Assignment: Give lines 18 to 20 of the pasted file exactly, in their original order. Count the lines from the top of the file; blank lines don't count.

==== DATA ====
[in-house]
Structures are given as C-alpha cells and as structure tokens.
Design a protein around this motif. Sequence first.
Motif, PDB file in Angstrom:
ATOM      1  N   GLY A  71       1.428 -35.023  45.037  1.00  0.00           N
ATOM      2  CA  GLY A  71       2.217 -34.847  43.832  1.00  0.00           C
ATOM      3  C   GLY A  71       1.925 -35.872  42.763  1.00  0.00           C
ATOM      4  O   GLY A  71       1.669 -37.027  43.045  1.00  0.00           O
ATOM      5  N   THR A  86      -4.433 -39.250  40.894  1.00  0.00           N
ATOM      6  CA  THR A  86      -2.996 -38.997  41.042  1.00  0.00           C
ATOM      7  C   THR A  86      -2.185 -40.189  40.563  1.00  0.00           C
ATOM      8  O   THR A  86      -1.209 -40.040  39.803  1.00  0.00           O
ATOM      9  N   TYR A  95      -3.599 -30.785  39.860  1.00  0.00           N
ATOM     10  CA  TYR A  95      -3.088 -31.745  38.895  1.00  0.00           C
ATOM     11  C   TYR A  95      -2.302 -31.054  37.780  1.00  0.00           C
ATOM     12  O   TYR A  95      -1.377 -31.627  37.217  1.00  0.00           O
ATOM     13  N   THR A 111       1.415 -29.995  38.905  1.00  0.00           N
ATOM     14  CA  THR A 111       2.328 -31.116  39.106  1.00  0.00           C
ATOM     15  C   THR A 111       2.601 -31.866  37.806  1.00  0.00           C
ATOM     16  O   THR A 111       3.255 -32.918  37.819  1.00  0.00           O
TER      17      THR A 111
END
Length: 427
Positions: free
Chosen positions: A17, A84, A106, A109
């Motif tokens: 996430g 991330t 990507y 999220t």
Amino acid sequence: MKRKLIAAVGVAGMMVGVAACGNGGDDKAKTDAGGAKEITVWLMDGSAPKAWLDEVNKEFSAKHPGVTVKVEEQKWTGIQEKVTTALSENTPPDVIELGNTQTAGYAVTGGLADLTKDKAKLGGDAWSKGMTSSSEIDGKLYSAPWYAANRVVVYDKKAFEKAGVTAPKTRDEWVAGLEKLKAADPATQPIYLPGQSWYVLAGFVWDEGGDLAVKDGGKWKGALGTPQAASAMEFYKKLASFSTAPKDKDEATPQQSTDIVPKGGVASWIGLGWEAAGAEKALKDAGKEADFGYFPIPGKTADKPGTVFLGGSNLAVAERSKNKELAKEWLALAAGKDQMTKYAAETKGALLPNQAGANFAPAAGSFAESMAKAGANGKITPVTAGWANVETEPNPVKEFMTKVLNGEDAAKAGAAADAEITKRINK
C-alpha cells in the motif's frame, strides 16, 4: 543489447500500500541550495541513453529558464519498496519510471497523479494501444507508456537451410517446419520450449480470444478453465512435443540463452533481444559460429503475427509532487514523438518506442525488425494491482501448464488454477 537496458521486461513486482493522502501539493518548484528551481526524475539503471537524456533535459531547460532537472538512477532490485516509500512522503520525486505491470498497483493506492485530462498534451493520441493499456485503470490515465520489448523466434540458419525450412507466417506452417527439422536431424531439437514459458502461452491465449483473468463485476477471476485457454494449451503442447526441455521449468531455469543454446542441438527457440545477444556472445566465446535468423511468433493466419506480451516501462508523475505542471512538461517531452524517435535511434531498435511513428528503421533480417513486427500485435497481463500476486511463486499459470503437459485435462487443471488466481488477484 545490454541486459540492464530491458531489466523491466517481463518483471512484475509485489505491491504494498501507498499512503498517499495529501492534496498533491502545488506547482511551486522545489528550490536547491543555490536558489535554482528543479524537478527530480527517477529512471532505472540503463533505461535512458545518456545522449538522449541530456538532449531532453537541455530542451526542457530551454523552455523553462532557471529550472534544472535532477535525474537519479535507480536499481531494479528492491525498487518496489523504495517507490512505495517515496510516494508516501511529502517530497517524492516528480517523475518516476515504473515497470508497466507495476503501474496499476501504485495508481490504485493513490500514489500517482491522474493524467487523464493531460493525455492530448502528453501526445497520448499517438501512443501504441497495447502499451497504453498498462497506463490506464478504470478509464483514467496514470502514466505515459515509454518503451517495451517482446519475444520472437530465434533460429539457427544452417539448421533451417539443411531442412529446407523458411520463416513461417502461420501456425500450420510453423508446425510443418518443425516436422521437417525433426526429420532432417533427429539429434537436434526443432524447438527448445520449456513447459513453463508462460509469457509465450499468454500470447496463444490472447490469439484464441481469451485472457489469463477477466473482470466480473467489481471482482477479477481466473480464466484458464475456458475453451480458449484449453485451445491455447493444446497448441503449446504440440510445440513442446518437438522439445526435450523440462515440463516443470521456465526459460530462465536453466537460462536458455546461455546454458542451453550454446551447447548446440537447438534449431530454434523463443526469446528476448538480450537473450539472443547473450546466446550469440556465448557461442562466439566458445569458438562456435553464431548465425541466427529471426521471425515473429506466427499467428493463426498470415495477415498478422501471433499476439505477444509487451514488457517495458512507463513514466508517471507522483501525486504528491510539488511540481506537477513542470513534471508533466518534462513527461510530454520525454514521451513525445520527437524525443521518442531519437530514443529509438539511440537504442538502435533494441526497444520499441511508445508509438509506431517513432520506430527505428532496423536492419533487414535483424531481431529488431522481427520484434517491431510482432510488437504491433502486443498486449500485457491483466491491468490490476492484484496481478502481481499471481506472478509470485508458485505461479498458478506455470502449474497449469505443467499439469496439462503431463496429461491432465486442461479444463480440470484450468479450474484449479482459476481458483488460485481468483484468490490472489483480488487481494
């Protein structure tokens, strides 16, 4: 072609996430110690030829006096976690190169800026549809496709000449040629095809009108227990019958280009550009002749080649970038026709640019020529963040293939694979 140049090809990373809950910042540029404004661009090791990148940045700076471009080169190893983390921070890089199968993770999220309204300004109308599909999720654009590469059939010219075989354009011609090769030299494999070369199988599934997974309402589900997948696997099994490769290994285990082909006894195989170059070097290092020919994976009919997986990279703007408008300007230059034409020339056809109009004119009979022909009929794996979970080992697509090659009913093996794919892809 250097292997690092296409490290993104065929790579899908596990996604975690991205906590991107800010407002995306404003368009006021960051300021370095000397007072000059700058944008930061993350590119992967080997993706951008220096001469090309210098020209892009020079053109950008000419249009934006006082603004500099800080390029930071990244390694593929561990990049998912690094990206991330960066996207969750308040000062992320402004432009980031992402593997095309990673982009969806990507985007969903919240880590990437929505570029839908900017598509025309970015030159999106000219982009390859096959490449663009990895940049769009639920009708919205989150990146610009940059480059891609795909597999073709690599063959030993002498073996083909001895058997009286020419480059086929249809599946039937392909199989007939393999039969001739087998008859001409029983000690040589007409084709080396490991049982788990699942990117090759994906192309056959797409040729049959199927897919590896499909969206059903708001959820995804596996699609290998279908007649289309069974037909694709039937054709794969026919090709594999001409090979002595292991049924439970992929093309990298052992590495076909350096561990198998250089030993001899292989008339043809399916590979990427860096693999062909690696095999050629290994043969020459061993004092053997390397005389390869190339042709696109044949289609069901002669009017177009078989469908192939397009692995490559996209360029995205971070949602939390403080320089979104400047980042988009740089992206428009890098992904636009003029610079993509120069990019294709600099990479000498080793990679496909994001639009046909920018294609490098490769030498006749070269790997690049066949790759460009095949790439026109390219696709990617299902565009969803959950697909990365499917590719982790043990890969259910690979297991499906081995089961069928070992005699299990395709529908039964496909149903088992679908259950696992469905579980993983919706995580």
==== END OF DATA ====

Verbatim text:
ATOM     14  CA  THR A 111       2.328 -31.116  39.106  1.00  0.00           C
ATOM     15  C   THR A 111       2.601 -31.866  37.806  1.00  0.00           C
ATOM     16  O   THR A 111       3.255 -32.918  37.819  1.00  0.00           O